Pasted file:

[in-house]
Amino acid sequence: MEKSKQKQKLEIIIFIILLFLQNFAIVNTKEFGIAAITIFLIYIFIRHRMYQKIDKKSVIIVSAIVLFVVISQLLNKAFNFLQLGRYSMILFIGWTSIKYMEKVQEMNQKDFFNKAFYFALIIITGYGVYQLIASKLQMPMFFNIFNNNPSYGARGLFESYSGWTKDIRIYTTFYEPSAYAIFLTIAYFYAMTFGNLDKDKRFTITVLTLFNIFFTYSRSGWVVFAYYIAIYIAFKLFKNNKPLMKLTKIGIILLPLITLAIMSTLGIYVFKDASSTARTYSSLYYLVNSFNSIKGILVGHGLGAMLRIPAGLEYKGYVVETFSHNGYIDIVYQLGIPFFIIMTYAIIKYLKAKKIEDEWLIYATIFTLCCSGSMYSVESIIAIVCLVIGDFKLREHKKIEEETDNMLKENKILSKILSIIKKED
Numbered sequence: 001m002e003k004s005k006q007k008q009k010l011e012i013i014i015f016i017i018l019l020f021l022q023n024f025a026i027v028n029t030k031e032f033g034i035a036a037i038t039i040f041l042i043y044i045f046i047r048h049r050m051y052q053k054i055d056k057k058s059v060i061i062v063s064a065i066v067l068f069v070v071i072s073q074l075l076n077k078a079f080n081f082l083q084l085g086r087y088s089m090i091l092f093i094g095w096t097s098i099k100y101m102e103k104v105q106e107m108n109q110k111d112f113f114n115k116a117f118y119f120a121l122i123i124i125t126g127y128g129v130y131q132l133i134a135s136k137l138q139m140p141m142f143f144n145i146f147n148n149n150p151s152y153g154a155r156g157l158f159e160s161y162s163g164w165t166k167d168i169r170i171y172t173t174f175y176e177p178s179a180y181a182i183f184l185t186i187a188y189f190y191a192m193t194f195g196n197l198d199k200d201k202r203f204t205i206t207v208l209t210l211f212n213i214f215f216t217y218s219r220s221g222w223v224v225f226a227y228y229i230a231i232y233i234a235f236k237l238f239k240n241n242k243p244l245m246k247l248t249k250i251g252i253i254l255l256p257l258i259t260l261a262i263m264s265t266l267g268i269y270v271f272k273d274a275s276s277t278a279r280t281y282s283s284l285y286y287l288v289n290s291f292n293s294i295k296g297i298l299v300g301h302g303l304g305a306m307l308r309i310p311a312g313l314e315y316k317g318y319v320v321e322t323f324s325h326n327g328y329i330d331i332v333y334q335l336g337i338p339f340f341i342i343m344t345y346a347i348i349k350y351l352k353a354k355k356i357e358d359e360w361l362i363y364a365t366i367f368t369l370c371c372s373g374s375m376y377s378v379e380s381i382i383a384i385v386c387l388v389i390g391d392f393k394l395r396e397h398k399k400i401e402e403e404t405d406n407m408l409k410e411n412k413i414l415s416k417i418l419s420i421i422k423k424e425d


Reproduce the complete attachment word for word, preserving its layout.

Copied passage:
[in-house]
Amino acid sequence: MEKSKQKQKLEIIIFIILLFLQNFAIVNTKEFGIAAITIFLIYIFIRHRMYQKIDKKSVIIVSAIVLFVVISQLLNKAFNFLQLGRYSMILFIGWTSIKYMEKVQEMNQKDFFNKAFYFALIIITGYGVYQLIASKLQMPMFFNIFNNNPSYGARGLFESYSGWTKDIRIYTTFYEPSAYAIFLTIAYFYAMTFGNLDKDKRFTITVLTLFNIFFTYSRSGWVVFAYYIAIYIAFKLFKNNKPLMKLTKIGIILLPLITLAIMSTLGIYVFKDASSTARTYSSLYYLVNSFNSIKGILVGHGLGAMLRIPAGLEYKGYVVETFSHNGYIDIVYQLGIPFFIIMTYAIIKYLKAKKIEDEWLIYATIFTLCCSGSMYSVESIIAIVCLVIGDFKLREHKKIEEETDNMLKENKILSKILSIIKKED
Numbered sequence: 001m002e003k004s005k006q007k008q009k010l011e012i013i014i015f016i017i018l019l020f021l022q023n024f025a026i027v028n029t030k031e032f033g034i035a036a037i038t039i040f041l042i043y044i045f046i047r048h049r050m051y052q053k054i055d056k057k058s059v060i061i062v063s064a065i066v067l068f069v070v071i072s073q074l075l076n077k078a079f080n081f082l083q084l085g086r087y088s089m090i091l092f093i094g095w096t097s098i099k100y101m102e103k104v105q106e107m108n109q110k111d112f113f114n115k116a117f118y119f120a121l122i123i124i125t126g127y128g129v130y131q132l133i134a135s136k137l138q139m140p141m142f143f144n145i146f147n148n149n150p151s152y153g154a155r156g157l158f159e160s161y162s163g164w165t166k167d168i169r170i171y172t173t174f175y176e177p178s179a180y181a182i183f184l185t186i187a188y189f190y191a192m193t194f195g196n197l198d199k200d201k202r203f204t205i206t207v208l209t210l211f212n213i214f215f216t217y218s219r220s221g222w223v224v225f226a227y228y229i230a231i232y233i234a235f236k237l238f239k240n241n242k243p244l245m246k247l248t249k250i251g252i253i254l255l256p257l258i259t260l261a262i263m264s265t266l267g268i269y270v271f272k273d274a275s276s277t278a279r280t281y282s283s284l285y286y287l288v289n290s291f292n293s294i295k296g297i298l299v300g301h302g303l304g305a306m307l308r309i310p311a312g313l314e315y316k317g318y319v320v321e322t323f324s325h326n327g328y329i330d331i332v333y334q335l336g337i338p339f340f341i342i343m344t345y346a347i348i349k350y351l352k353a354k355k356i357e358d359e360w361l362i363y364a365t366i367f368t369l370c371c372s373g374s375m376y377s378v379e380s381i382i383a384i385v386c387l388v389i390g391d392f393k394l395r396e397h398k399k400i401e402e403e404t405d406n407m408l409k410e411n412k413i414l415s416k417i418l419s420i421i422k423k424e425d